Today, we are excited to announce a brand new function that RedShield has developed to address a specific requirement – preventing malicious users from logging in to compromised accounts.
Compromised accounts due to password re-use, credential stuffing attacks or compromised email accounts remains a major problem globally. Many organisations particularly with older applications or with limited development resource struggle to be able to implement 2FA due to complications or simply prioritisation.
Today RedShield can now offer an easy to implement and cost-effective alternative for organisations struggling with these challenges - 2FA shields.
What are 'shields' and how are they executed?
RedShield’s developers create custom software objects called “shields” that execute on our edge compute platform which enables us to modify application behaviour to fix software bugs. With this approach, RedShield is able to achieve very similar results to a full stack development team without having to touch source code.
In this instance, RedShield’s development team have created SMS or Time-based One Time Password (TOTP) 2FA shields, designed to prevent attackers from logging in to compromised accounts.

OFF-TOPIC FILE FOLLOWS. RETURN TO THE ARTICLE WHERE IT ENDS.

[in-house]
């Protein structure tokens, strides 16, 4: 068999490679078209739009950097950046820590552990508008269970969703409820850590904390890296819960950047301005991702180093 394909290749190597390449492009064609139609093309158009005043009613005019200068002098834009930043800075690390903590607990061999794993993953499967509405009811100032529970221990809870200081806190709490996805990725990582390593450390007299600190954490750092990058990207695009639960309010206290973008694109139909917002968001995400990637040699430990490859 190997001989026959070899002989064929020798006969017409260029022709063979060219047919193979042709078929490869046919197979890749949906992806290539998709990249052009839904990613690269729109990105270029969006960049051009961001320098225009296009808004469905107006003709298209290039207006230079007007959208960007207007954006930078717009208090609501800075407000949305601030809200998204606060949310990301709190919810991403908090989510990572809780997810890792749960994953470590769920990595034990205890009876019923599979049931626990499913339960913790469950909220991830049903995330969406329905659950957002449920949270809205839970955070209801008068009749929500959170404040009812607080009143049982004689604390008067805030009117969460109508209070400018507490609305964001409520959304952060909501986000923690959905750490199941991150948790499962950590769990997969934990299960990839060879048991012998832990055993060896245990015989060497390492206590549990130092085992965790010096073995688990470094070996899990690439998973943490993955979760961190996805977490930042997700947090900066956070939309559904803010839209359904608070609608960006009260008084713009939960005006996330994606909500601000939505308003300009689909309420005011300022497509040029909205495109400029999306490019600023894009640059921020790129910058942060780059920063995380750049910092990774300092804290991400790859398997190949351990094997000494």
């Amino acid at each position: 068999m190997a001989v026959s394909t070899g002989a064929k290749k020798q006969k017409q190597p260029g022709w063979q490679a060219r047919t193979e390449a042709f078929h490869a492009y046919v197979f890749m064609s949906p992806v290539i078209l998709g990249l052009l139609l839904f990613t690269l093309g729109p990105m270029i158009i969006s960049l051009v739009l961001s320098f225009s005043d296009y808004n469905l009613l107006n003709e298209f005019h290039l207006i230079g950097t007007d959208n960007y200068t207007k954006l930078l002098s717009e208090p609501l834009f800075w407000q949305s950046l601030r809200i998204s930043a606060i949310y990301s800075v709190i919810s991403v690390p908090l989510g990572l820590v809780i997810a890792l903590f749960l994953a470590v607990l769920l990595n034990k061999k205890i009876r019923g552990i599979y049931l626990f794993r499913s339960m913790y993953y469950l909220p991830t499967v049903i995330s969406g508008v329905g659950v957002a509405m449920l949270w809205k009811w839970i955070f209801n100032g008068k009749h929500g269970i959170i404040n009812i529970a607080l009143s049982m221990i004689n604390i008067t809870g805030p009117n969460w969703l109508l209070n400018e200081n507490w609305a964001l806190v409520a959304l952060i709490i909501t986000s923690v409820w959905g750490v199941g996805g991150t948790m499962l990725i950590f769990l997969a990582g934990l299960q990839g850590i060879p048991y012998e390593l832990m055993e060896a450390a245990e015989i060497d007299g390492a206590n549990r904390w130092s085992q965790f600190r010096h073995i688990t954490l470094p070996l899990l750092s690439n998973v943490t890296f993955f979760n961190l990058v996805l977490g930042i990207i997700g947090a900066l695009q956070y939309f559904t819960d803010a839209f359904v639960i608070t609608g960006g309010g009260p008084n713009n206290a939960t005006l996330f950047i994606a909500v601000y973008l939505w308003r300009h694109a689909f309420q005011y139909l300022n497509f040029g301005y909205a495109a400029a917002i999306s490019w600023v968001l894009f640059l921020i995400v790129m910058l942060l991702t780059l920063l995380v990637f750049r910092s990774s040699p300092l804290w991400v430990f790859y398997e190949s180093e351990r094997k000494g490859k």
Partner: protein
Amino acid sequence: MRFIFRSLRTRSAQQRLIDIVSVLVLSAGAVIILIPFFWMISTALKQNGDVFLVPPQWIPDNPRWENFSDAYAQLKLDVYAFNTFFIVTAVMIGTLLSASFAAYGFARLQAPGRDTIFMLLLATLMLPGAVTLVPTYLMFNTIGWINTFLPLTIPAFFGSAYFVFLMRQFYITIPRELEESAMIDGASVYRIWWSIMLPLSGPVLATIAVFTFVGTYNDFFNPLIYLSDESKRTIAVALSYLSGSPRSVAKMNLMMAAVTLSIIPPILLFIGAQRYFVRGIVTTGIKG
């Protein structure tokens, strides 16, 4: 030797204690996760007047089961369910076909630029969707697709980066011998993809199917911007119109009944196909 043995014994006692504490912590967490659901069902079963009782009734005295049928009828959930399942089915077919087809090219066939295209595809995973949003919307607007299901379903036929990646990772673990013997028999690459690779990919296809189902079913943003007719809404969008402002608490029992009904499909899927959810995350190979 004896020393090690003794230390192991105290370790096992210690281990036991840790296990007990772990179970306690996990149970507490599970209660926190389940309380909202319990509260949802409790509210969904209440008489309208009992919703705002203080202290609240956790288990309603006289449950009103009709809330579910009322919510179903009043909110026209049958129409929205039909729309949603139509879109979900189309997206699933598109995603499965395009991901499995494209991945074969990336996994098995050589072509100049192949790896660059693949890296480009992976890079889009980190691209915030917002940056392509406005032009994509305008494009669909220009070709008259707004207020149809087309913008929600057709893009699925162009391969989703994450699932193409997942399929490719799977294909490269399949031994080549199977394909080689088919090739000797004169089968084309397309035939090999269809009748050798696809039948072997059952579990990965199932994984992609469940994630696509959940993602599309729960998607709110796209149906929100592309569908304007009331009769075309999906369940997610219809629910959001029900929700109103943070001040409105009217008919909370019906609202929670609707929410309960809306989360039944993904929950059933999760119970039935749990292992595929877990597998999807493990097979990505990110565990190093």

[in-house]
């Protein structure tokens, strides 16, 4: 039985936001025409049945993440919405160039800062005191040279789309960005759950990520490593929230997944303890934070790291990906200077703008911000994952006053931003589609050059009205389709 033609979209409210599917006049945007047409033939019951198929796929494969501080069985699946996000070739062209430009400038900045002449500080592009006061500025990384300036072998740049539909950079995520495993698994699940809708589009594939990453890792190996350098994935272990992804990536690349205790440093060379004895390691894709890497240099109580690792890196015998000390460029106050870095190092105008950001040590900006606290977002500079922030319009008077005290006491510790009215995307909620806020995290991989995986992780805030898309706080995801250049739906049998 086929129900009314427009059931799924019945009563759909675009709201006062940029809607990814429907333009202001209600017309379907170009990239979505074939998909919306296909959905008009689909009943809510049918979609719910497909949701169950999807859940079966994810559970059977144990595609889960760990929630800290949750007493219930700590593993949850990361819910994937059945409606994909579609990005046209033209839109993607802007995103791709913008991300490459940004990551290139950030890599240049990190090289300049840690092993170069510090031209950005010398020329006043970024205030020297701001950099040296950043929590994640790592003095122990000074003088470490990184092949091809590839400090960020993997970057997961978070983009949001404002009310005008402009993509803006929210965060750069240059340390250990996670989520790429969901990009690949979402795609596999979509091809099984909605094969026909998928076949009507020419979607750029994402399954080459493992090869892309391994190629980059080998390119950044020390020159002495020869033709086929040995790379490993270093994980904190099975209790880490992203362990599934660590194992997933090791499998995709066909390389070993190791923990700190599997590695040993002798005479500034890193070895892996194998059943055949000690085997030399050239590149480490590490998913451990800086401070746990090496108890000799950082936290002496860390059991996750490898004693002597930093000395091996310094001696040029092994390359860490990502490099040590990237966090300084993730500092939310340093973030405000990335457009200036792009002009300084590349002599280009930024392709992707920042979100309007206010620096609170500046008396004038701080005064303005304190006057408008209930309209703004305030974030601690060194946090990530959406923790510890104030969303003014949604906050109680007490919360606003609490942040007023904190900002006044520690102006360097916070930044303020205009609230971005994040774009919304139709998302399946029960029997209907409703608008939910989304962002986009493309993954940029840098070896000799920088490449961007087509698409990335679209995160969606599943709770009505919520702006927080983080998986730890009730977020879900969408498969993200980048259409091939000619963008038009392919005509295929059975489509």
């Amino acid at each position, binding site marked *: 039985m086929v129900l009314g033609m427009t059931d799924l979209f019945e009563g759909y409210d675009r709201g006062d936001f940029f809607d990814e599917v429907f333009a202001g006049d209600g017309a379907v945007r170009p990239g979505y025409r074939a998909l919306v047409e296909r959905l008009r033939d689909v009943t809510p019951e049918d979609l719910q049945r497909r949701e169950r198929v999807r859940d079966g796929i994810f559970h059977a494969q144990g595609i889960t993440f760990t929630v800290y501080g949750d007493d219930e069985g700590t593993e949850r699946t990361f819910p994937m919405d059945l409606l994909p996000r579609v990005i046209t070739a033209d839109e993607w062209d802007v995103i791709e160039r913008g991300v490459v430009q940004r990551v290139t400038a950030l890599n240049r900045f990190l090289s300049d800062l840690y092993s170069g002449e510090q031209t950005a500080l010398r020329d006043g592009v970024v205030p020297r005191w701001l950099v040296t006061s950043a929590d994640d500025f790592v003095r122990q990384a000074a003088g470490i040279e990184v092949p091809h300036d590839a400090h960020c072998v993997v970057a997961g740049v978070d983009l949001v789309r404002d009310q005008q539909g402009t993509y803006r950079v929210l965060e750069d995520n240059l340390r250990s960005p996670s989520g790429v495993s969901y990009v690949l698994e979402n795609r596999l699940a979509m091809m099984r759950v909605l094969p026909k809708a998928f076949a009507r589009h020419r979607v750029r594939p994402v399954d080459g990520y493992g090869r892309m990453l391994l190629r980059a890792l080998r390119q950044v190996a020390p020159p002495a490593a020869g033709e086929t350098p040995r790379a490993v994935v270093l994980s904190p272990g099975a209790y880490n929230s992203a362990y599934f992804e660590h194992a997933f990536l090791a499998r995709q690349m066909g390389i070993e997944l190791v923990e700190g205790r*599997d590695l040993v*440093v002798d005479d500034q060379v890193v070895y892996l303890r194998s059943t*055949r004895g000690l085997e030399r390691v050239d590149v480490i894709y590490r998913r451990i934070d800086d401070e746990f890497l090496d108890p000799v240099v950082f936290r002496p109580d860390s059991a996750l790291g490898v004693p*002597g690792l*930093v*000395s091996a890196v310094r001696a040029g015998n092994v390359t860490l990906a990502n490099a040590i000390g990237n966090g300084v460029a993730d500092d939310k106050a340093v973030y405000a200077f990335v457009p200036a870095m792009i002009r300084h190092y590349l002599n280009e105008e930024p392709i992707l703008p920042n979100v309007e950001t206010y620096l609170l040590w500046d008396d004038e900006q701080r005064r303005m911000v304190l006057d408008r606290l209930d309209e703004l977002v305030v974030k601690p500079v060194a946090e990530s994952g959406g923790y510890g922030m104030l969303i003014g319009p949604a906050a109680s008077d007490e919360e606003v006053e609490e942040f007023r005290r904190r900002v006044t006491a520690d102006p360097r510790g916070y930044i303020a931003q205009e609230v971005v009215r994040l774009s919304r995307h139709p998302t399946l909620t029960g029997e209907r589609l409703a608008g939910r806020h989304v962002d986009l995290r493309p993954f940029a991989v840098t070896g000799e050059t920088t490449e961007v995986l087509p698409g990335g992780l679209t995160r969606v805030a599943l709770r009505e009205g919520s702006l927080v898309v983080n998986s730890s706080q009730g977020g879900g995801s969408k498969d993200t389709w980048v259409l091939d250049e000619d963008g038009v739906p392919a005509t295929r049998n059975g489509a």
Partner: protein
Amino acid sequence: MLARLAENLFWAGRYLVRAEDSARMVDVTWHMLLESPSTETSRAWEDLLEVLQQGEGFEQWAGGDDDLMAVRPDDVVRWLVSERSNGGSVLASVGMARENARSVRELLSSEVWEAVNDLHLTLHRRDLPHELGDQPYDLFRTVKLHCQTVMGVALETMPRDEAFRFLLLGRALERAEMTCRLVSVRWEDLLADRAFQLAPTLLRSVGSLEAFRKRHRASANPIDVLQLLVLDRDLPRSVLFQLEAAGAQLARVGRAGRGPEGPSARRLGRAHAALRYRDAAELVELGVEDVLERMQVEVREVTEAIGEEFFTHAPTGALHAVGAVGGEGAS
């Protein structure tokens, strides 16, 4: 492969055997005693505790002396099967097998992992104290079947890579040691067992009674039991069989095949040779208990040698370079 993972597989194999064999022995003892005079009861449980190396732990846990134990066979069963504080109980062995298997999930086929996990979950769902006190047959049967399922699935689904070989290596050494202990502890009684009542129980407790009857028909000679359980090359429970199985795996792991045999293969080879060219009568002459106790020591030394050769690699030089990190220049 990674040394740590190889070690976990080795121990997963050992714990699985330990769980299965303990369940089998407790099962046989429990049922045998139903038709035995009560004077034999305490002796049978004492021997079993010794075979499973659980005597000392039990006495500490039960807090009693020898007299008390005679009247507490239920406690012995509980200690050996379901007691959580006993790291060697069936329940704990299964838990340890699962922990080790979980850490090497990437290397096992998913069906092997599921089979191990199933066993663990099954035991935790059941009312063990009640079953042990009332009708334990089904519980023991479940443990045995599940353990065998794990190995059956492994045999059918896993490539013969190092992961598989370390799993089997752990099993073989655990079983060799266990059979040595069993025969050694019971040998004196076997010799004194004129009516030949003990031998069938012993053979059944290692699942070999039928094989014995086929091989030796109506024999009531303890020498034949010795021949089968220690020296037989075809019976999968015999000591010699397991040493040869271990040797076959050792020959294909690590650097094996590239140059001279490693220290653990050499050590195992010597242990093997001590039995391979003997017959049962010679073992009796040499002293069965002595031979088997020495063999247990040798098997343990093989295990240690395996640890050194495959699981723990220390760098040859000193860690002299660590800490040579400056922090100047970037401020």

How do the SMS-based 2FA shields work?If accounts are already compromised, the SMS-based 2FA shields will prevent attackers from logging in with legitimate credentials. The shields work by requiring users to provide a code supplied via SMS message to their cell phone number. Without changing your application code, this solution has been designed to:
- Handle all exceptions and serve the correct error pages or messages to the user;
- Connect to an API (e.g. Twilio) to send the code via email or text message;
- Perform the verification of the SMS code;
- Confirm the responses are valid;
- Manage the number of second-factor attempts and display an error or message appropriately; and
- Submit the login request to the application server once all checks and balances have been met.
- If the user does not have a mobile number registered to the account, and the email provider is believed to be uncompromised, shields will fall back to sending an email as the second-factor challenge.
For further information and full shield details, please see the detailed product descriptions for:
For a demonstration and consultation, please contact us